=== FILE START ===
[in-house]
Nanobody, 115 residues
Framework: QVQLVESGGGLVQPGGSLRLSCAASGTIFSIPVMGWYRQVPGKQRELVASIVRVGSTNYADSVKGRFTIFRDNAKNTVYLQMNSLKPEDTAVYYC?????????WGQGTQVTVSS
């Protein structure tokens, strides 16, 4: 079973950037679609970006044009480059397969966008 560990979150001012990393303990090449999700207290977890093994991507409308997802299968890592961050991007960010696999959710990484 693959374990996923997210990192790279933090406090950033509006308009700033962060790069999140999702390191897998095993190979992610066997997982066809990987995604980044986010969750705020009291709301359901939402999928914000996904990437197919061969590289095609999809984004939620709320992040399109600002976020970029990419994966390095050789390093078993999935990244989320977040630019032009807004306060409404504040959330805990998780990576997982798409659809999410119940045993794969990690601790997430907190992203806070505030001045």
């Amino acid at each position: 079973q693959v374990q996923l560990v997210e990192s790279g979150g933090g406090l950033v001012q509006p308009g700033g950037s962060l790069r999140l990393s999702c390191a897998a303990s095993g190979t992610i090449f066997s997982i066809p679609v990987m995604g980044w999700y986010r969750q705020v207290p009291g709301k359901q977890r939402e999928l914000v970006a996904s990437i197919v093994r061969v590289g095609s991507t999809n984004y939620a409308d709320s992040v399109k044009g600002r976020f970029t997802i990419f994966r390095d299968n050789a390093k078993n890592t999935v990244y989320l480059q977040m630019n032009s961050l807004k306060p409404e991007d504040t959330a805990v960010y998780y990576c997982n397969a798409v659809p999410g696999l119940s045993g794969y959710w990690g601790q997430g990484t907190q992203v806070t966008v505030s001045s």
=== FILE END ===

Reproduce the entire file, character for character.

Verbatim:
[in-house]
Nanobody, 115 residues
Framework: QVQLVESGGGLVQPGGSLRLSCAASGTIFSIPVMGWYRQVPGKQRELVASIVRVGSTNYADSVKGRFTIFRDNAKNTVYLQMNSLKPEDTAVYYC?????????WGQGTQVTVSS
């Protein structure tokens, strides 16, 4: 079973950037679609970006044009480059397969966008 560990979150001012990393303990090449999700207290977890093994991507409308997802299968890592961050991007960010696999959710990484 693959374990996923997210990192790279933090406090950033509006308009700033962060790069999140999702390191897998095993190979992610066997997982066809990987995604980044986010969750705020009291709301359901939402999928914000996904990437197919061969590289095609999809984004939620709320992040399109600002976020970029990419994966390095050789390093078993999935990244989320977040630019032009807004306060409404504040959330805990998780990576997982798409659809999410119940045993794969990690601790997430907190992203806070505030001045």
């Amino acid at each position: 079973q693959v374990q996923l560990v997210e990192s790279g979150g933090g406090l950033v001012q509006p308009g700033g950037s962060l790069r999140l990393s999702c390191a897998a303990s095993g190979t992610i090449f066997s997982i066809p679609v990987m995604g980044w999700y986010r969750q705020v207290p009291g709301k359901q977890r939402e999928l914000v970006a996904s990437i197919v093994r061969v590289g095609s991507t999809n984004y939620a409308d709320s992040v399109k044009g600002r976020f970029t997802i990419f994966r390095d299968n050789a390093k078993n890592t999935v990244y989320l480059q977040m630019n032009s961050l807004k306060p409404e991007d504040t959330a805990v960010y998780y990576c997982n397969a798409v659809p999410g696999l119940s045993g794969y959710w990690g601790q997430g990484t907190q992203v806070t966008v505030s001045s």